Flensborg: We're back to the cost issue - the first question the asset managers will ask is 'is there a cost to this?' Because the asset managers don't have a mandate to consider RI issues, it is up to advisors and product providers like ourselves to present products with clever thinking behind them, meaning that the costs are included. And this might be indices; or it might be products like the green bond to secure a transparent and absolute return.
Chair: What brings sustainability mandates into the mainstream?
Sardi: I think it is becoming mainstream but only if you are able to measure and show the added value, and this is possible not only in relation to global equities or bonds but also alternatives. For example, we started screening hedge funds and fund of hedge funds in 2005 to improve the transparency around these products.
Boucher: I think there is a problem when it comes to taking steps into a new world - because it is not a mainstream issue yet, to get to the mainstream there has to be a stepping stone, and not enough institutions have even taken a small step yet in terms of issuing a specific mandate of any sort.
I know there is a body of thinking that says what should happen is that investment managers' entire investment approach should gradually become more sus-tainable, but I think this gradualism is very hard to define, particularly for the trustees. But if they can take even a small step many more people will do too and it will become mainstream. This first step is happening on a political level but it is not happening on the ground yet.
Shepherd: I would agree that a small allocation to start with into a variety of different investment opportunities is a very positive move and I think the way we are seeing sustainable investing spreading across asset classes is encouraging; for example, the level of interest in sustainable forestry seems to be moving rather rapidly.
Hancock: I do see some innovative asset managers who are not just thinking of having small niche products for clients but are actually thinking of introducing some level of sustainability across their entire portfolio and their entire investment process.
Chair: Certainly from our experience, we are seeing a shift among many pension funds throughout Europe in their asset allocation and it is at this point that they tend to look at alternatives.
Secondly, particularly with those investors that are signatories to the PRI, we are beginning to see them building the words 'sustainability' or 'ESG' into their mandates and we expect to see that continuing.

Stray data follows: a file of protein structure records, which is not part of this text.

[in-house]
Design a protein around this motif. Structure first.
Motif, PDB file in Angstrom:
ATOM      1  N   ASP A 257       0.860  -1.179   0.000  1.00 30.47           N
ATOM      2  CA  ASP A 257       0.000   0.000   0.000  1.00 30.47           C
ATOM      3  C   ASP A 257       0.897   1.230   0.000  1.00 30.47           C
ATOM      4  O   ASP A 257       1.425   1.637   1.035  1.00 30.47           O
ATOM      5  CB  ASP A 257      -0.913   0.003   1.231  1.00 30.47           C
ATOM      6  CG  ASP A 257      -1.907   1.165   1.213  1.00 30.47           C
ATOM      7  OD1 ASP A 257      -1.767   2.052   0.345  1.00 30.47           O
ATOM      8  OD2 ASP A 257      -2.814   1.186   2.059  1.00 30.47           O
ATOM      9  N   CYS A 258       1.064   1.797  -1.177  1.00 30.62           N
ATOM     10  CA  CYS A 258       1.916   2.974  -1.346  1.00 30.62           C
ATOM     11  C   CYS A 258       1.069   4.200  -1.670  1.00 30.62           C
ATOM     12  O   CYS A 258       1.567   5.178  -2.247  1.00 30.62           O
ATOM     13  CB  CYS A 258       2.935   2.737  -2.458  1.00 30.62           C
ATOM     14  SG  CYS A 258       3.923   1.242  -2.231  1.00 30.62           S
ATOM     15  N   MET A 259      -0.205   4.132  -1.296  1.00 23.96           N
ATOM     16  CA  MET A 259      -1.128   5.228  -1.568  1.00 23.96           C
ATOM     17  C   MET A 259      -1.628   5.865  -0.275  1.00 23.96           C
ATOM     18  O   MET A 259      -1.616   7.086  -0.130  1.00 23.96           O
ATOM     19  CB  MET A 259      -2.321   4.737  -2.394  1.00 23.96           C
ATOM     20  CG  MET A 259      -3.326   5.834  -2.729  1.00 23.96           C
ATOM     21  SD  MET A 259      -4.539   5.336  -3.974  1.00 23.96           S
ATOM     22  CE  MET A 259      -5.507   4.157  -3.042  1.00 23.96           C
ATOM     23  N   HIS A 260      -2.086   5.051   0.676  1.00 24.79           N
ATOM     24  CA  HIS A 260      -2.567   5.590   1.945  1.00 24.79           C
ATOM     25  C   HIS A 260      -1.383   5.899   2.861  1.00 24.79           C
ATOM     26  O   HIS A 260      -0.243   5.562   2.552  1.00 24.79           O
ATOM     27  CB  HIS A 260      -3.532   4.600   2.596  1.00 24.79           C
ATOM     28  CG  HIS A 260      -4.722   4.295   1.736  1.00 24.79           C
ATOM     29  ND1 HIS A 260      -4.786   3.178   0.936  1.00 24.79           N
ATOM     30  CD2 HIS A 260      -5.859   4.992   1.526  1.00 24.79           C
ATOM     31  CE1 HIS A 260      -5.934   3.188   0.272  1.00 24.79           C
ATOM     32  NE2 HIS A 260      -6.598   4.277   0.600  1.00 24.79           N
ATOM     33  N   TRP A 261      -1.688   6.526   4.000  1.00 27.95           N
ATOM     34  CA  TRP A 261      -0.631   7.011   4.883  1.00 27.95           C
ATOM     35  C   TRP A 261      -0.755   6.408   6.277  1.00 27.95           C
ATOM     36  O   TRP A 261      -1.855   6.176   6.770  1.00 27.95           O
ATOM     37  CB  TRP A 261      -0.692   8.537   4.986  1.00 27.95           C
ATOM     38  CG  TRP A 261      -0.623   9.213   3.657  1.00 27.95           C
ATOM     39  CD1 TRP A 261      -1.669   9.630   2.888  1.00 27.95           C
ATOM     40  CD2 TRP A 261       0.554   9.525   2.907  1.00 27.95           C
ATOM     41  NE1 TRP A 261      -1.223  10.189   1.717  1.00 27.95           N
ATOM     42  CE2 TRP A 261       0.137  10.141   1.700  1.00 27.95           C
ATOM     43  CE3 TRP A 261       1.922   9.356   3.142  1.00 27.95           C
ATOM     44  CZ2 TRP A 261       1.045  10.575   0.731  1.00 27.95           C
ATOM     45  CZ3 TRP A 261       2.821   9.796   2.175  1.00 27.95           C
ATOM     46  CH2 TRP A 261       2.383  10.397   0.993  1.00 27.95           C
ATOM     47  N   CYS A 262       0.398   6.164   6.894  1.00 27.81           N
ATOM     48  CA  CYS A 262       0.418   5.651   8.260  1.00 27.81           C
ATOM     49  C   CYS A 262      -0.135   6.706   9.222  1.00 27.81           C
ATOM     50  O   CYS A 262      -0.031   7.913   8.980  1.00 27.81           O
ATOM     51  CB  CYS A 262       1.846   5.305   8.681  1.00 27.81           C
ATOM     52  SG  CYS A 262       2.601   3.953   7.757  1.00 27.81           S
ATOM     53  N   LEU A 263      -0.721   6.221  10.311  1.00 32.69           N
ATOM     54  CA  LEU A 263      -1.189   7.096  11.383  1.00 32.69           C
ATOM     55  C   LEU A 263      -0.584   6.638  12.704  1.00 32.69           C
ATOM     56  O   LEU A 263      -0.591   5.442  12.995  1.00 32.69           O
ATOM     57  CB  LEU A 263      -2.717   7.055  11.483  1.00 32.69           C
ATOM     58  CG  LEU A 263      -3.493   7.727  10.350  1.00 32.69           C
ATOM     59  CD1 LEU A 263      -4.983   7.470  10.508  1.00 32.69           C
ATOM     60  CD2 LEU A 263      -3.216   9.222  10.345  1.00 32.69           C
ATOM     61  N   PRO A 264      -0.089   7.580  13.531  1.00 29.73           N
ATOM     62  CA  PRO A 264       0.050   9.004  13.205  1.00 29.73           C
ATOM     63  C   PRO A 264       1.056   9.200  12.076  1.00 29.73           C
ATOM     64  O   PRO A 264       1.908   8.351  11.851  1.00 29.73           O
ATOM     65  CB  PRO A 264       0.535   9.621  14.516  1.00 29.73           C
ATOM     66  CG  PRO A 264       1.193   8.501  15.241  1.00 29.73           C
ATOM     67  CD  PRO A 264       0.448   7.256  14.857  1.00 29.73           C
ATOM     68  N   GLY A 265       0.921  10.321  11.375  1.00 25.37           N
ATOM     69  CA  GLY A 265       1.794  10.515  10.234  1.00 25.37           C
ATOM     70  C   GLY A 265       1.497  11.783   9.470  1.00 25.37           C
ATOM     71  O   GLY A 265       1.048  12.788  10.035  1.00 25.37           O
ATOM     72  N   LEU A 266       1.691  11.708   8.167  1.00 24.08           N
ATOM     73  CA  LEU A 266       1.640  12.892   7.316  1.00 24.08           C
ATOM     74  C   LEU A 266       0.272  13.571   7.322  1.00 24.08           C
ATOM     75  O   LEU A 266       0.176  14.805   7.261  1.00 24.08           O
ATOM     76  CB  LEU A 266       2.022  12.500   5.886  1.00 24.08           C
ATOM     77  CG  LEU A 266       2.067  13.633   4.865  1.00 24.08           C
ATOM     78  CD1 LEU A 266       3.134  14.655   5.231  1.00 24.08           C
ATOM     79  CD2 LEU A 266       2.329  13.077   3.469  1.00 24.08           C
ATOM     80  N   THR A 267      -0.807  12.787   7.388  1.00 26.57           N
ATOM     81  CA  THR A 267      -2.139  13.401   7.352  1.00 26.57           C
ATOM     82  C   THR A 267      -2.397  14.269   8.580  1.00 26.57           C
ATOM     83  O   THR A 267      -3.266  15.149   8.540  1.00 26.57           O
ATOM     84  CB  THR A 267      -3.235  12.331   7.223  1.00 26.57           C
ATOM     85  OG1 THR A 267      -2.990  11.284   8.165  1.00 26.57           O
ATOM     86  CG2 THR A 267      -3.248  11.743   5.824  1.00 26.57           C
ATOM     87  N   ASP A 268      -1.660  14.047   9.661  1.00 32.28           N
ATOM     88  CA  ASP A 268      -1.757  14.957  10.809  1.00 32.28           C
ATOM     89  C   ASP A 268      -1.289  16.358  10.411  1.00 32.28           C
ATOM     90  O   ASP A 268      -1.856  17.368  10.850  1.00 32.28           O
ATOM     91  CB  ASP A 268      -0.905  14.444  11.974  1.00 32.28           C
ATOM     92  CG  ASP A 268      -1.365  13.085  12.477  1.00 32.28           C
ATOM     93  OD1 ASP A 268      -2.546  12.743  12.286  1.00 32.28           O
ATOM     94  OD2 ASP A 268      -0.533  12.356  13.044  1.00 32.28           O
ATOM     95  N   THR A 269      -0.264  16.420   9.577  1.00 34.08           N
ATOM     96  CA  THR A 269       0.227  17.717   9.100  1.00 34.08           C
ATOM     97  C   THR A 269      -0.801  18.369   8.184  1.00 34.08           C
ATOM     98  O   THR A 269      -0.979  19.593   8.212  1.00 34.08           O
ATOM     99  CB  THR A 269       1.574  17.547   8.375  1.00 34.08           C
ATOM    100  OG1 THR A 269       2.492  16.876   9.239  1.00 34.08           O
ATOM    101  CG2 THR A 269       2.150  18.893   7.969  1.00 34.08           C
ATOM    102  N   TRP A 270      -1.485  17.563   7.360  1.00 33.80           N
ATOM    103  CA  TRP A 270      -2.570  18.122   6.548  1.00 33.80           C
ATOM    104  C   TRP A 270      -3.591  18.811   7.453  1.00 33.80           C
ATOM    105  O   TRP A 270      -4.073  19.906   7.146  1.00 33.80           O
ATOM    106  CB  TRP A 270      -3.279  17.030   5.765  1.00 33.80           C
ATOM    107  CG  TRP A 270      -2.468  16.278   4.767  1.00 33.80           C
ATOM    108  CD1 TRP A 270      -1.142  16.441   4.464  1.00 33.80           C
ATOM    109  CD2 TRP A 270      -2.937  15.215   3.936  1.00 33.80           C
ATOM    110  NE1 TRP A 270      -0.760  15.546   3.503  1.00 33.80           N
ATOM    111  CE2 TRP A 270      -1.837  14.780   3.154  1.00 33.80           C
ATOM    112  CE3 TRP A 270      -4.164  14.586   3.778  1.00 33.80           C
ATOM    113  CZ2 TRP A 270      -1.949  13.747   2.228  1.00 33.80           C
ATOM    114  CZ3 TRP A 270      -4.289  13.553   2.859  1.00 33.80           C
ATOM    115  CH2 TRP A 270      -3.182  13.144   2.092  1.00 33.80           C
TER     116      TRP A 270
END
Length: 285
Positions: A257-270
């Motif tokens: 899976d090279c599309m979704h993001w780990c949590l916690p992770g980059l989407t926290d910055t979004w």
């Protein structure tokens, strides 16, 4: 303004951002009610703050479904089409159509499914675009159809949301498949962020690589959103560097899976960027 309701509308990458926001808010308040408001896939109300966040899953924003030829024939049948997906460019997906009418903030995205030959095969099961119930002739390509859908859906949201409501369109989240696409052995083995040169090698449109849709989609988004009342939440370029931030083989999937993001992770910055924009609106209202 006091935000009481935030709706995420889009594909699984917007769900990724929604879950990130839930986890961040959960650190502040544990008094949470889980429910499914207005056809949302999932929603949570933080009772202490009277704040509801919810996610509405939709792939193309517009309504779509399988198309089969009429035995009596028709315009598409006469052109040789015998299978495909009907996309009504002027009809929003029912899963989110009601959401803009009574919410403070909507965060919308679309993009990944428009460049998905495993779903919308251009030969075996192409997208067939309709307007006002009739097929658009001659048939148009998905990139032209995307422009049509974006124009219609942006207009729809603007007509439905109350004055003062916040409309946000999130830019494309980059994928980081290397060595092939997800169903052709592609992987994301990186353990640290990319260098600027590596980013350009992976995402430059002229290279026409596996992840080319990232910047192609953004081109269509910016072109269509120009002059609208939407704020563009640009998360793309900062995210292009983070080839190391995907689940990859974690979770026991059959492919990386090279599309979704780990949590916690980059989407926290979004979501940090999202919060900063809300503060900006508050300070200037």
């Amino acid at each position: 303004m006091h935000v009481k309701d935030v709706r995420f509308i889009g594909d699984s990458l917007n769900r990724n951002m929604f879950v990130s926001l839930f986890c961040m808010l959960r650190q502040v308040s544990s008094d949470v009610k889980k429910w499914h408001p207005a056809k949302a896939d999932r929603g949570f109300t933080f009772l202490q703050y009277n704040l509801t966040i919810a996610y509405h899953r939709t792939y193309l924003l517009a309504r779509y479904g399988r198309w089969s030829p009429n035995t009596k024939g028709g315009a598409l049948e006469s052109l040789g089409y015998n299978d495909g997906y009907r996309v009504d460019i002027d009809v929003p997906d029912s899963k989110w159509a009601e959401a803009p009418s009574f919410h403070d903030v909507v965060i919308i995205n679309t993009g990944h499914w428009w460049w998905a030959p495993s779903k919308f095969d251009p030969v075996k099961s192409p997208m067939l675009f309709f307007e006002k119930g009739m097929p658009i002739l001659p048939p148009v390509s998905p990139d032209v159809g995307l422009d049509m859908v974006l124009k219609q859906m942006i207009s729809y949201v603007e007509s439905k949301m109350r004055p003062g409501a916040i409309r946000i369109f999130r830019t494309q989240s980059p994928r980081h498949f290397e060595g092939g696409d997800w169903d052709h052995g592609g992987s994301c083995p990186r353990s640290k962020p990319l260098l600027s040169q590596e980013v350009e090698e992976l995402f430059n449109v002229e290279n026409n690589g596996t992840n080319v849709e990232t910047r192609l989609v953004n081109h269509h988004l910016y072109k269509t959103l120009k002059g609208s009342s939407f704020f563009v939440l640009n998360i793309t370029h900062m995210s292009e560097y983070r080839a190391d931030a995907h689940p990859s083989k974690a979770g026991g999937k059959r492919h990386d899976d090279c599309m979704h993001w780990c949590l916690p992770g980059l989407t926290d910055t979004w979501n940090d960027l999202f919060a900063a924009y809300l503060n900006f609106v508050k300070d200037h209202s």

Flensborg: I think the UKSIF and the EUROSIF are having an extremely important role in guiding people in the right direction and making them feel confident about entering step by step - of course it can't all be done in one move.
Oulton: I agree it is going to be a step-by-step approach that is taken - I think it is unrealistic to expect the core portfolios of the majority of asset owners to be significantly changed to a sustainable investment strategy; I don't think there are many that would be brave enough to do that. So I think the core and sustainable investment satellite approach is perfectly reasonable for many funds and would be a big step forward - how these satellites are defined and developed can be from a range of things across an ESG spectrum. In addition, using tools such as indices where providers have already carried out the sustainability research, make this process much simpler for the investor.
Hancock: But while I agree mostly with what you are saying it can't just be business as usual - look at the mess we have created! I think we have to do something fairly radical and I think that needs to be across the board and that may be via engagement or via stock selection but I do think pension funds and asset managers do need to do something drastic.
Shepherd: Fundamentally, what we face is the need to re-allocate capital particularly from higher carbon uses to lower carbon uses, but also from uses that damage eco-systems to uses that protect eco-systems and so on; and pension funds as a major group of asset owners have to be one of the key drivers of that process rather than seeing themselves as passive within it, because they need to provide pensions not just now but in 2030 and 2050. That is when these impacts are going to be significant.
Chair: This sounds like governance setting framework. One of the areas where Mercer is doing a considerable amount of research is looking at how climate change can impact asset allocation from a strategic perspective, so looking at how climate change can impact different countries, different regions, different asset classes, and then try and build that in very much from the top down. We are inviting pension funds to engage in that process.